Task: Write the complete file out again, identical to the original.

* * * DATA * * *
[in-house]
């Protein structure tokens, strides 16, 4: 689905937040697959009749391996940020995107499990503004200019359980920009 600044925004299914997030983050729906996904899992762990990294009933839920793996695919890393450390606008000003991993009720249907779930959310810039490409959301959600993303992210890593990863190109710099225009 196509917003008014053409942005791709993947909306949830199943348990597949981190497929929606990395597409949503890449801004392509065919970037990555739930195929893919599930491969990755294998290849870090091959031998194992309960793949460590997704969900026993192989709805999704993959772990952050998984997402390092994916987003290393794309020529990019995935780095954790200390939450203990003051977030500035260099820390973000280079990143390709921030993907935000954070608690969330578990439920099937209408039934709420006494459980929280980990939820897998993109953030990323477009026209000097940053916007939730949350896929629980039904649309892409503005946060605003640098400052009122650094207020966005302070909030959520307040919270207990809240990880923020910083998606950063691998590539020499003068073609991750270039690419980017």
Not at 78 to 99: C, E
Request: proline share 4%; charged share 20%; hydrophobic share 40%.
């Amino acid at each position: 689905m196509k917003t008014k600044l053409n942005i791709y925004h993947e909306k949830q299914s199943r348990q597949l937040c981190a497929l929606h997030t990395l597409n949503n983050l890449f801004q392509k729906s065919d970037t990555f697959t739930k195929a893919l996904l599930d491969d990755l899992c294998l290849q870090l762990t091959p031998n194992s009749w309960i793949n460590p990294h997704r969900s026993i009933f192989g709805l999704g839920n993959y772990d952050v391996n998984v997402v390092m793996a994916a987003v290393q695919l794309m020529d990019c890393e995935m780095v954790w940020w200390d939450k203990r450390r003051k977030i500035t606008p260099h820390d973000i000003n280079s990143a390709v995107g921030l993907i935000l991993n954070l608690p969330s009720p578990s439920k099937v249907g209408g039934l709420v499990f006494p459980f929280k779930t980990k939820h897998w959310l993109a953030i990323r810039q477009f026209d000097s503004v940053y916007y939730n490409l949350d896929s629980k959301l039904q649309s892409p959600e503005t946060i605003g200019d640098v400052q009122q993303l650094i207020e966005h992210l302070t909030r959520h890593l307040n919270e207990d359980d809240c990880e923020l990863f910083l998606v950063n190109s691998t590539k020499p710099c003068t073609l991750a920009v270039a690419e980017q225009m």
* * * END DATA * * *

[in-house]
């Protein structure tokens, strides 16, 4: 689905937040697959009749391996940020995107499990503004200019359980920009 600044925004299914997030983050729906996904899992762990990294009933839920793996695919890393450390606008000003991993009720249907779930959310810039490409959301959600993303992210890593990863190109710099225009 196509917003008014053409942005791709993947909306949830199943348990597949981190497929929606990395597409949503890449801004392509065919970037990555739930195929893919599930491969990755294998290849870090091959031998194992309960793949460590997704969900026993192989709805999704993959772990952050998984997402390092994916987003290393794309020529990019995935780095954790200390939450203990003051977030500035260099820390973000280079990143390709921030993907935000954070608690969330578990439920099937209408039934709420006494459980929280980990939820897998993109953030990323477009026209000097940053916007939730949350896929629980039904649309892409503005946060605003640098400052009122650094207020966005302070909030959520307040919270207990809240990880923020910083998606950063691998590539020499003068073609991750270039690419980017």
Not at 78 to 99: C, E
Request: proline share 4%; charged share 20%; hydrophobic share 40%.
């Amino acid at each position: 689905m196509k917003t008014k600044l053409n942005i791709y925004h993947e909306k949830q299914s199943r348990q597949l937040c981190a497929l929606h997030t990395l597409n949503n983050l890449f801004q392509k729906s065919d970037t990555f697959t739930k195929a893919l996904l599930d491969d990755l899992c294998l290849q870090l762990t091959p031998n194992s009749w309960i793949n460590p990294h997704r969900s026993i009933f192989g709805l999704g839920n993959y772990d952050v391996n998984v997402v390092m793996a994916a987003v290393q695919l794309m020529d990019c890393e995935m780095v954790w940020w200390d939450k203990r450390r003051k977030i500035t606008p260099h820390d973000i000003n280079s990143a390709v995107g921030l993907i935000l991993n954070l608690p969330s009720p578990s439920k099937v249907g209408g039934l709420v499990f006494p459980f929280k779930t980990k939820h897998w959310l993109a953030i990323r810039q477009f026209d000097s503004v940053y916007y939730n490409l949350d896929s629980k959301l039904q649309s892409p959600e503005t946060i605003g200019d640098v400052q009122q993303l650094i207020e966005h992210l302070t909030r959520h890593l307040n919270e207990d359980d809240c990880e923020l990863f910083l998606v950063n190109s691998t590539k020499p710099c003068t073609l991750a920009v270039a690419e980017q225009m």